Petition to make the op-ed writer's book about rich UES wives a Billfold Book Club selection. I know I will be reading it avidly (which, I guess, means the piece achieved its purpose). I am a single woman, breadwinner of myself, and yet something about the idea of a "wife bonus" and being totally out of the financial loop for a (hypothetical) family makes me want to go out and get 8 jobs just to prove I will always rely on myself. Surely I can't be the only one who feels this way?
On Cooking Time
What put me off of cooking originally still puts me off: It's so much work, and the work CONTINUES. You can prep ahead of time (and I often do), but when you have to make food, you have to keep making food... forever. And sometimes you make something that isn't that good, but it's okay, and you feel like you have to eat your semi-mistake because of all the time (and money) you put in. My personal compromise is that I always make and take my lunch to work by cooking/preparing all of them at the same time on Sunday. Breakfast is either a protein bar or a yogurt, and WHEN I feel motivated I cook dinner, and when I don't, I make something really easy. Pasta, eggs, tofu, some kind of really simple chicken thing, roasted or steamed veggies, done. Almost none of it Instagrams well! But I'm not malnourished and I'm not spending a ton of money. For now it'll have to do.
I haven't lived in New York for a little bit but this map is pretty flabbergasting. I did escape without paying 4-digit rent, which didn't seem like a feat then because all my friends were in the same boat, but is looking more impressive now. (I lived with roommates the whole time, as young people do.) As to one of your questions Nicole, I'm guessing rents hop up at 116th St because of the proximity to Columbia and how much students (and their parents, likely) will pay to stay closer. I used to live around there when I did live in Manhattan, and for a long time the area around Columbia's main campus was tightly gentrified and then only a few blocks over the neighborhood was seen as unsafe. Some of it is unsafe, or less safe, but the difference was very striking and the rents reflect that in part. Still, anyone looking for a deal by just going a few stops up is going to find it increasingly difficult.
Already had to argue with a man today who said "You can't pay everyone the same, that's not fair!" Also, not what Equal Pay Day means. Gah.
@Caitlin with a C Also, isn't taking the aisle an implicit promise that you won't sleep so deeply that you can't get up and let your seatmates off? I love the aisle (not for sleeping, just for mobility) and for that I tolerate getting up and letting my seatmates in and out. Only fair.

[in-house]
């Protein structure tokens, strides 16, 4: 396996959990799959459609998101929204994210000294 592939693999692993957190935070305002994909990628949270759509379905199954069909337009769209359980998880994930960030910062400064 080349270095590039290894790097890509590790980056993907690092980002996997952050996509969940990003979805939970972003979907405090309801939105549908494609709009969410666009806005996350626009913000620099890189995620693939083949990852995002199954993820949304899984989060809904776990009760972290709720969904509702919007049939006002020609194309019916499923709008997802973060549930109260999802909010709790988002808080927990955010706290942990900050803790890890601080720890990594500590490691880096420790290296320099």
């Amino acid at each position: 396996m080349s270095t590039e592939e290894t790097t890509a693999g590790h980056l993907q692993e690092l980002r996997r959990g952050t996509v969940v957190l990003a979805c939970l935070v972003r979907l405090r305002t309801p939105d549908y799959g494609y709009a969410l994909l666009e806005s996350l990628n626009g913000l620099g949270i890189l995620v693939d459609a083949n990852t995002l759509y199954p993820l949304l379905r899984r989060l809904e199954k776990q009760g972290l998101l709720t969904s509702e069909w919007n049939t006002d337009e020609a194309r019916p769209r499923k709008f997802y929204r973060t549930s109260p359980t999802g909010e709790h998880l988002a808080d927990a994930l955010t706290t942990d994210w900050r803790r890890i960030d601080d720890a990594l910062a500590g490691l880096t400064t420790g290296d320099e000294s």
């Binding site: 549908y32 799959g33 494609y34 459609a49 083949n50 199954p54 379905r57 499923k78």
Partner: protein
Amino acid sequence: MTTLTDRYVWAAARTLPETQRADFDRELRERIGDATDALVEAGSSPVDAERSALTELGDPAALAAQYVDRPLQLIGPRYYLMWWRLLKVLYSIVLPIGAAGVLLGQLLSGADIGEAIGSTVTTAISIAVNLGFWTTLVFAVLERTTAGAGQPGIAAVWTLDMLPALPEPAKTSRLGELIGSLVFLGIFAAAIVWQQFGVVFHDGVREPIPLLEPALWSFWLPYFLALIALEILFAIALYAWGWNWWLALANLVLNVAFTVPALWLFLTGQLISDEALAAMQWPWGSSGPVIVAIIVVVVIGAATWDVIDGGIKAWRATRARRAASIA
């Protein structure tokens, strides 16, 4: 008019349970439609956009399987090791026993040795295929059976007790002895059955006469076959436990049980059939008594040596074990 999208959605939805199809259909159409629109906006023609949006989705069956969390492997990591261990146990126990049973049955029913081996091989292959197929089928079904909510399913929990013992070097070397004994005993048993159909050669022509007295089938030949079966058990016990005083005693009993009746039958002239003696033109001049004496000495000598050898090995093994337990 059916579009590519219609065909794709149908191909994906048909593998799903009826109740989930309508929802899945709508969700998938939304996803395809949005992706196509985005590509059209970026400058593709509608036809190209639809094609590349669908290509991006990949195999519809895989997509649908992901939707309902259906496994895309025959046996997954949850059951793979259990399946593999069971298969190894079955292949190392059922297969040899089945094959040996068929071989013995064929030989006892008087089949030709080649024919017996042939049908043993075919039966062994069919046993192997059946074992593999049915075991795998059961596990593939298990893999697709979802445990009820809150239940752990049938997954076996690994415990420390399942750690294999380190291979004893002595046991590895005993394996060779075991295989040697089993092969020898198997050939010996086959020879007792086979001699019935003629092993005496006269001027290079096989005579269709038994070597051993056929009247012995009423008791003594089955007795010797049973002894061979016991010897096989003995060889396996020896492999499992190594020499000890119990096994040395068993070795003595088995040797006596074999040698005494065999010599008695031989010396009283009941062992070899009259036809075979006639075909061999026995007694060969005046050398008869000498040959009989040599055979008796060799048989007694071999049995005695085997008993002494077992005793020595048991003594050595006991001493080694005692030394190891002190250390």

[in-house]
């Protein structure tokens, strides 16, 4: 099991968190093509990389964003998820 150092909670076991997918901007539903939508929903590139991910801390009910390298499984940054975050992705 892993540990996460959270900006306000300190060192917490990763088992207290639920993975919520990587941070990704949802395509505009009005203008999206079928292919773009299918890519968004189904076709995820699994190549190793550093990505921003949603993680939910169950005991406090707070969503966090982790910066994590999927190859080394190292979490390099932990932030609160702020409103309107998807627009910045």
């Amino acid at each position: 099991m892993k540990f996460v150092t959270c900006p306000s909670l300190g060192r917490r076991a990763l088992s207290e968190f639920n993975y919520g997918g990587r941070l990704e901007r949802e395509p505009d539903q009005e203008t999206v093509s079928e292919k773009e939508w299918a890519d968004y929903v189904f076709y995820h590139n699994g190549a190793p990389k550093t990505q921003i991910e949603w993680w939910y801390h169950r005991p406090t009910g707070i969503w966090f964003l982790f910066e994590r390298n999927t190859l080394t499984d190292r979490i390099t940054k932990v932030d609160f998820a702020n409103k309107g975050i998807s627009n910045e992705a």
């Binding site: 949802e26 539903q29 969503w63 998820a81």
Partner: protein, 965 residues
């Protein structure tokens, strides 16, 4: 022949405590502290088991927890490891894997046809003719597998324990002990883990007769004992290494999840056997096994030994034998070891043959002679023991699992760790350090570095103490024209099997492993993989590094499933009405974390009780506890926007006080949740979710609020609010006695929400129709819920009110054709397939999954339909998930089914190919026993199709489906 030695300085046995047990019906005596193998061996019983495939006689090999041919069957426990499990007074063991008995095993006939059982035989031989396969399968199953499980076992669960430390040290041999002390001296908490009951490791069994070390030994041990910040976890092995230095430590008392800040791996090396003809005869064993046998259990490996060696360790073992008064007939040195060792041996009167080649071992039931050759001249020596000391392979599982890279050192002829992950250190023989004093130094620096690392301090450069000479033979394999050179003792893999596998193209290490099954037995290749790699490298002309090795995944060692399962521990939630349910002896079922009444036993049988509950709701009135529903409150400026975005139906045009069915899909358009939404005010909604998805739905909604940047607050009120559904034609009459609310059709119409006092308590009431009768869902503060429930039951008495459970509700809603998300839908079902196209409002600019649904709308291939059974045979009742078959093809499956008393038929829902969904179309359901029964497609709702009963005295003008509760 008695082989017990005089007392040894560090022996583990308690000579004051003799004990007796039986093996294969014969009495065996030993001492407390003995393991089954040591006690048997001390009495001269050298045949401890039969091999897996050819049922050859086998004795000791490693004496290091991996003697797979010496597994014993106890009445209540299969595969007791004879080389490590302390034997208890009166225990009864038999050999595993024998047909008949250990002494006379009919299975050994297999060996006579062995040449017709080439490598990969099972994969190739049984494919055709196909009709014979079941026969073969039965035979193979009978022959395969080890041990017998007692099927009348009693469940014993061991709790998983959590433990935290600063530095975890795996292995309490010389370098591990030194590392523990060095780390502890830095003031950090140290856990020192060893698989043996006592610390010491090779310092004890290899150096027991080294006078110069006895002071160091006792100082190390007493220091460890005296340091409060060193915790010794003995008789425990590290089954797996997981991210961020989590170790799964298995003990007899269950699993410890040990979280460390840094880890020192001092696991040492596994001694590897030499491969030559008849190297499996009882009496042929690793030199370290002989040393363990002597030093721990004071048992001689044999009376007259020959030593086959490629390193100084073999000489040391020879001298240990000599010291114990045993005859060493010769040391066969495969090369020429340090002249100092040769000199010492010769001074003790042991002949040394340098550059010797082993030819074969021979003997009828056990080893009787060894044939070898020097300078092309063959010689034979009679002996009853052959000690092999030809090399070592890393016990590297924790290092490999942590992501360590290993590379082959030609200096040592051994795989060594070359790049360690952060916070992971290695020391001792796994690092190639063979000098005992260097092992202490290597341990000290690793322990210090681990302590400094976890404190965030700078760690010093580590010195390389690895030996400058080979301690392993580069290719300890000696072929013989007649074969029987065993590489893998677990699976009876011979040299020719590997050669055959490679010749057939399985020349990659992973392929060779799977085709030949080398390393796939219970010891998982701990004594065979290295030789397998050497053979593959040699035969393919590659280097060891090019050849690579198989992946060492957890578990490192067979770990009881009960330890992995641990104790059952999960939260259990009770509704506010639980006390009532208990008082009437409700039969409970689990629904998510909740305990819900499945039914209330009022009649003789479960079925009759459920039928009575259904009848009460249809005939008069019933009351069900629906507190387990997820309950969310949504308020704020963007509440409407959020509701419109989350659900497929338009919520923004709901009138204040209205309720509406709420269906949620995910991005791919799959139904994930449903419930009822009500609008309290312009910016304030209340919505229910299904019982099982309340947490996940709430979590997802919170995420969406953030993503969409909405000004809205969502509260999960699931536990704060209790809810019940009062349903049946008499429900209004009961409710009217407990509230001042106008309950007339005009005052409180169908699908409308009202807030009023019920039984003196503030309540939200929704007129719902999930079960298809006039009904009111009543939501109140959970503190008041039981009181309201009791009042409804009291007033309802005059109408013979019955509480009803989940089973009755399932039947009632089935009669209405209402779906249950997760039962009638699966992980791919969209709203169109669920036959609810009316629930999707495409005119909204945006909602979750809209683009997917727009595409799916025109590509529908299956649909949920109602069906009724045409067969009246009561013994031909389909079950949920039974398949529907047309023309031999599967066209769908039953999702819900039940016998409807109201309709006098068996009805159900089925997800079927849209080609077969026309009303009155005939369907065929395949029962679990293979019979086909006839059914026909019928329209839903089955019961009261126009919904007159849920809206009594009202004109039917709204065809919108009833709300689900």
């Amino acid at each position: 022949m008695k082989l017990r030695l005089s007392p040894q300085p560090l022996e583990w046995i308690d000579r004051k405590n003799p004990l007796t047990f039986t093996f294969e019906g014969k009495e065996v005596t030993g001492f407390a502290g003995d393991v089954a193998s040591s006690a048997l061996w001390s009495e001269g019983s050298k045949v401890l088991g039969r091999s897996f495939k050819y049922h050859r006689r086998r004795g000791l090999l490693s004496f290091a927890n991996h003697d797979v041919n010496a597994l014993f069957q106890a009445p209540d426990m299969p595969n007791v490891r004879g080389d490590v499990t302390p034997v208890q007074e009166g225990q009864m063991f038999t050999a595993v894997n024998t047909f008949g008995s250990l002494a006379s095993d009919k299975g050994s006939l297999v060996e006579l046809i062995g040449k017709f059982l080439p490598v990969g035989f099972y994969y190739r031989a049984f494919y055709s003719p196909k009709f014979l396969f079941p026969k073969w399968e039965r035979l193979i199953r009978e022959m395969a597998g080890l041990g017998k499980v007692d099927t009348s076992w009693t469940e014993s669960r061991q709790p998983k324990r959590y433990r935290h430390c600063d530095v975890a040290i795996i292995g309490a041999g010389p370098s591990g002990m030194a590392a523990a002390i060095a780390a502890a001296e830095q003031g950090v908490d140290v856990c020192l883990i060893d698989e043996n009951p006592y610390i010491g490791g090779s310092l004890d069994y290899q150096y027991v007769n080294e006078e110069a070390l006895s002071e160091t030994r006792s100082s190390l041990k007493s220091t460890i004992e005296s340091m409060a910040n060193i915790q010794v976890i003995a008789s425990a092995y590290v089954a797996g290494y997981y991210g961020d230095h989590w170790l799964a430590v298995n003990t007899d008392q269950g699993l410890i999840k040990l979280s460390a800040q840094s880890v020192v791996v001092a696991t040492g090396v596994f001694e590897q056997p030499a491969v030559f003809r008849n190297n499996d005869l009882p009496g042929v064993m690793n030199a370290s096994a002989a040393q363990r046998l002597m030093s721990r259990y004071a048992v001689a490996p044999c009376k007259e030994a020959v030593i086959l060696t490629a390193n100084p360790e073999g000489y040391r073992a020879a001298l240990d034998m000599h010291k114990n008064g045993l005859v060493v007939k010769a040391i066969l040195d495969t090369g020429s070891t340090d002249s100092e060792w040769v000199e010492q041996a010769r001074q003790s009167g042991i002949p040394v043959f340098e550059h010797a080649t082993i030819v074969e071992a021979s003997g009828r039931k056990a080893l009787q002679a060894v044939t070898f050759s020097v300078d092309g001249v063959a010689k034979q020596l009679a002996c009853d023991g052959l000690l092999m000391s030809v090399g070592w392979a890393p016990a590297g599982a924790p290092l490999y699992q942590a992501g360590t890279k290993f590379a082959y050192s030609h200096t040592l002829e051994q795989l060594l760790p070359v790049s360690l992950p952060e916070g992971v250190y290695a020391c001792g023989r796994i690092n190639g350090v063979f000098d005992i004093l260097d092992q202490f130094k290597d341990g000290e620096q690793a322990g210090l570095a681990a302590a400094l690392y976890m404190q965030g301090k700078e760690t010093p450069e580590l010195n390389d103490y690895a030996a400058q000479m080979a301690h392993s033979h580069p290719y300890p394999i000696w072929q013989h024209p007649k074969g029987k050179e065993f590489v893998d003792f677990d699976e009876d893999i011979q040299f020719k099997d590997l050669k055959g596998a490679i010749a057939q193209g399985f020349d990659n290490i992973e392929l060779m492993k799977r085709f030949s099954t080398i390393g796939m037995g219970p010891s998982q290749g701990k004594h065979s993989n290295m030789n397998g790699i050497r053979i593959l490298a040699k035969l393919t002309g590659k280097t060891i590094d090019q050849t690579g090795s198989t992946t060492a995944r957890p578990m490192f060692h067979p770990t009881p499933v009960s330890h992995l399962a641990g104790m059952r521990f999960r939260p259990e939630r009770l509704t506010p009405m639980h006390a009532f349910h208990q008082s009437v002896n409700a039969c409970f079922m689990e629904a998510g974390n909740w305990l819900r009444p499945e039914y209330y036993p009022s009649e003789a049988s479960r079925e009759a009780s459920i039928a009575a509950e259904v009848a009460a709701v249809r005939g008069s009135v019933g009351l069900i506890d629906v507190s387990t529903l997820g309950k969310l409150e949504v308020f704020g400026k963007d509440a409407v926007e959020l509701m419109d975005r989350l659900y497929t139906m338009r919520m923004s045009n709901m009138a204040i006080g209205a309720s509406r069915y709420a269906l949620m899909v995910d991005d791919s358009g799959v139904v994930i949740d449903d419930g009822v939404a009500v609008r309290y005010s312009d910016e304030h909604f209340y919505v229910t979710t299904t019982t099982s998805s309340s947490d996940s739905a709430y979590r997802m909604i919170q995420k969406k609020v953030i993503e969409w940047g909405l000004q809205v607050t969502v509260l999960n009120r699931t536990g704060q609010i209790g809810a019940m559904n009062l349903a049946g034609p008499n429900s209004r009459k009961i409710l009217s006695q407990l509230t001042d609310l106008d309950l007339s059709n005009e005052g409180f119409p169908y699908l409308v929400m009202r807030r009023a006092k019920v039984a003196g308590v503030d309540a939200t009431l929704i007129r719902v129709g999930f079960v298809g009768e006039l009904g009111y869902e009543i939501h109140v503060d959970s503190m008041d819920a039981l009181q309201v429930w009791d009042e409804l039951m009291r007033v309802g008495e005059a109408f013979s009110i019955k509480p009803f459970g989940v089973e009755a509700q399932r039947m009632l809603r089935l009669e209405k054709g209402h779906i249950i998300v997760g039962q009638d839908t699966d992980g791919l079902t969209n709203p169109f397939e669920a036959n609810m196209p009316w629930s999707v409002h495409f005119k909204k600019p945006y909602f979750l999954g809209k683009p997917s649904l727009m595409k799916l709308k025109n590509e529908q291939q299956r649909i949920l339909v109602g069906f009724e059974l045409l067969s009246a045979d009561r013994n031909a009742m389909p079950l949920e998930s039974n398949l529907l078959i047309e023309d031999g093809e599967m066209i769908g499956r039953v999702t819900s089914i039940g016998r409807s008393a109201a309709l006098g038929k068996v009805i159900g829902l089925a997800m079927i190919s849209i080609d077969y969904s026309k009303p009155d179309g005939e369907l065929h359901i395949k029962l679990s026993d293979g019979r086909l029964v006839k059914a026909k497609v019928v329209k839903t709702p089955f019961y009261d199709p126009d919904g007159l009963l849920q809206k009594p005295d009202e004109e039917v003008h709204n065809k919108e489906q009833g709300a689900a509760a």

I would never have the cojones to just sit in someone else's seat and assume they would give it up for me. And I would definitely be less inclined to honor a request to switch from someone who did that! I don't even like asking to switch, to be honest. The last time I flew with my boyfriend we didn't get seats together (booked too late) and we just rolled with it. My seatmate was shocked that we hadn't tried to switch, but -- it's only 2 hours, and he was going to sleep the whole time anyway. Flying is just an exercise in conflict avoidance.
@Christy I hope you are traveling everywhere I am! Those middles are a hard sell.
@aetataureate Whoa, I think I had one of these a few years ago but I never knew this term.
@therealjaygatsby I don't blame you! it's a huge hassle. One thing that has really helped me is the website Zocdoc because you can see doctors by neighborhood, find the ones who actually take your insurance and do the bookings online so you don't have to call them. For me, the calling/ asking is always the worst part. On the downside, Zocdoc is fairly new so there might not be a ton of doctors in your area who use it.
@Stina Thanks for pointing out the chronic illness/ prescription angle. Whether I want to or not I need to check in every year to get my med calibrated. Kinda inconvenient but preventatively speaking, I have to believe it is doing some good. On the bright side, this has allowed me to form the kind of relationships with my docs that I can be candid about them and ask them questions about my non-serious condition and get real answers. But that is also a luxury of having good docs and health insurance.